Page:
In order to uncouple colonization of the mother’s intestine from colonization of the offspring’s own intestine, we made use of Escherichia coli HA107, a commensal bacterium strain that was generated in our laboratory several years ago and that can reversibly colonize the murine intestine of germ-free mice that do not harbor any microbiota (Hapfelmeier et al., 2010). This bacterial strain is deficient in the synthesis of two bacteria-specific amino acids and can therefore only proliferate in culture supplemented with the two amino acids, but not within the murine intestine. For our experiments, we exposed pregnant germ-free mice to E. coli HA107 but ensured their return to the germ-free status before the delivery of the pups in order to prevent any direct contact of the offspring to the bacteria. The offspring of these gestationally colonized dams were compared to the offspring of mice that had remained germ-free throughout pregnancy (Fig. 1).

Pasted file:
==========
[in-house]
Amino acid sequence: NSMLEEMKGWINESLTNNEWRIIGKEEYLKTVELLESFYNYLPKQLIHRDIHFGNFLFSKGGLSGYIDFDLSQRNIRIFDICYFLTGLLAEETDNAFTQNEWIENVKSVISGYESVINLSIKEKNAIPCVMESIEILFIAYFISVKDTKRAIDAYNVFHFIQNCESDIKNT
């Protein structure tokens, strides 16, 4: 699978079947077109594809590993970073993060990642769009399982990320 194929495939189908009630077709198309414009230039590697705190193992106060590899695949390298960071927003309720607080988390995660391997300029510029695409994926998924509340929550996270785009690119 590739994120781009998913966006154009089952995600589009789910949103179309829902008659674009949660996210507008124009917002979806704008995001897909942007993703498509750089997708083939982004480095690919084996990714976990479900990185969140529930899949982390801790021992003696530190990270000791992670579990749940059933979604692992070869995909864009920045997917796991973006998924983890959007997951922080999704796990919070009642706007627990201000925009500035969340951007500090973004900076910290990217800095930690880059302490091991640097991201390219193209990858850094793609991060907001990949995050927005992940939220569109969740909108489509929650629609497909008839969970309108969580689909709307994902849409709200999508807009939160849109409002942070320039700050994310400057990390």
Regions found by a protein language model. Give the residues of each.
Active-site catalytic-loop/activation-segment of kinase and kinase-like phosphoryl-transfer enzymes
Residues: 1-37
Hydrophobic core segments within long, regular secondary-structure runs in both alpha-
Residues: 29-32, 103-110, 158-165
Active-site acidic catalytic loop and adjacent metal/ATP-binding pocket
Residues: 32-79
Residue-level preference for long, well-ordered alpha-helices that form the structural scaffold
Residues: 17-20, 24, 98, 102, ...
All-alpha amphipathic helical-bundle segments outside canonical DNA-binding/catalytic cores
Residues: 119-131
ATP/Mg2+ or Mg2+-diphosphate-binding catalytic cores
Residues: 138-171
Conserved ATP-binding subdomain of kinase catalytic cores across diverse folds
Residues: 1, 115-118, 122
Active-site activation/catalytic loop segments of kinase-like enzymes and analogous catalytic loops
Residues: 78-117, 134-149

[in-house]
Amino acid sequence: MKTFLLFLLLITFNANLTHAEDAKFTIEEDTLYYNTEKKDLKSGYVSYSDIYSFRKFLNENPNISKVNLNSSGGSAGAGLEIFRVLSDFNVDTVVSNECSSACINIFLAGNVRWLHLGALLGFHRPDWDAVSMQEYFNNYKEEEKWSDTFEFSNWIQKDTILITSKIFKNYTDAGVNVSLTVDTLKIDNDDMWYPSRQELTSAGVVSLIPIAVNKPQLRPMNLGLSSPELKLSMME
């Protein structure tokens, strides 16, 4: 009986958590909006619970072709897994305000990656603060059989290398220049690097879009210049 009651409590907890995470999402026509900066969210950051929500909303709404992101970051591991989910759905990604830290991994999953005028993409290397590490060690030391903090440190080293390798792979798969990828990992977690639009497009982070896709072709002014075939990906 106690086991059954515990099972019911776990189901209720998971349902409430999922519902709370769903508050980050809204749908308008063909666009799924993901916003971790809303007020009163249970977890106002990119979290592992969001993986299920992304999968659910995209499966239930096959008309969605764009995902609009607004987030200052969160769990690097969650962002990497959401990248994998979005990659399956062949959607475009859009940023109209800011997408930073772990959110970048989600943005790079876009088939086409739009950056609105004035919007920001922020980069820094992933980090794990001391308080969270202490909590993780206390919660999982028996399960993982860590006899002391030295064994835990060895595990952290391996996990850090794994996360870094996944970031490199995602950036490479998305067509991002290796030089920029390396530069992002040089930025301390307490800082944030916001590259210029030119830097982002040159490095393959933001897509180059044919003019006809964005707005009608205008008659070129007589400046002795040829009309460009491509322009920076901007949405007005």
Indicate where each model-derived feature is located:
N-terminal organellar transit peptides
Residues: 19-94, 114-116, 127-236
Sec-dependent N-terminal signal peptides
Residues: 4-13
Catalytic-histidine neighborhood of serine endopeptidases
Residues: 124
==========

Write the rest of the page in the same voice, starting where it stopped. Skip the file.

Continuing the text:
Of note, two immune cell populations of the innate immune system present in the intestinal mucosa of the offspring were significantly enriched in absolute cell numbers in the pups born to the gestationally colonized compared to germ-free control mothers (Gomez de Agüero, Ganal-Vonarburg et al., 2016). Among these were a subset of type 3 innate lymphoid cells (ILC3), namely the NKp46-expressing ILC3, and F4/80+CD11c+ intestinal mononuclear cells (iMNC). Interestingly, this phenotype was long-lasting and could still be observed in adult age. Both ILC3s and iMNCs are important players in maintaining homeostasis at the host-microbial interface and in the first defense against invading pathogens (Sonnenberg, 2014). Accordingly, we have tested the ability of the neonatal immune system to react to such challenges. In order to mimic colonization with commensal bacteria, we have exposed 14 day-old offspring born from either germ-free control or HA107-colonized females with a commensal bacterium. 18 hours after the challenge, we measured translocation of bacteria to the mesenteric lymph nodes (MLN). Offspring born and raised by gestationally treated mothers were protected from translocation to the MLN whereas the offspring from germ-free dams showed obvious bacterial translocation to the MLN (Gomez de Agüero, Ganal-Vonarburg et al., 2016). These data were underlined by results from an RNA sequencing experiment in which small intestinal gene expression of 14 day-old pups from gestationally treated mothers showed upregulation of genes involved in the antimicrobial defense and intestinal homeostasis (Gomez de Agüero, Ganal-Vonarburg et al., 2016), supporting our previous notion that maternal microbiota-derived signals prepare the neonatal immune system for the first encounter with commensal bacteria.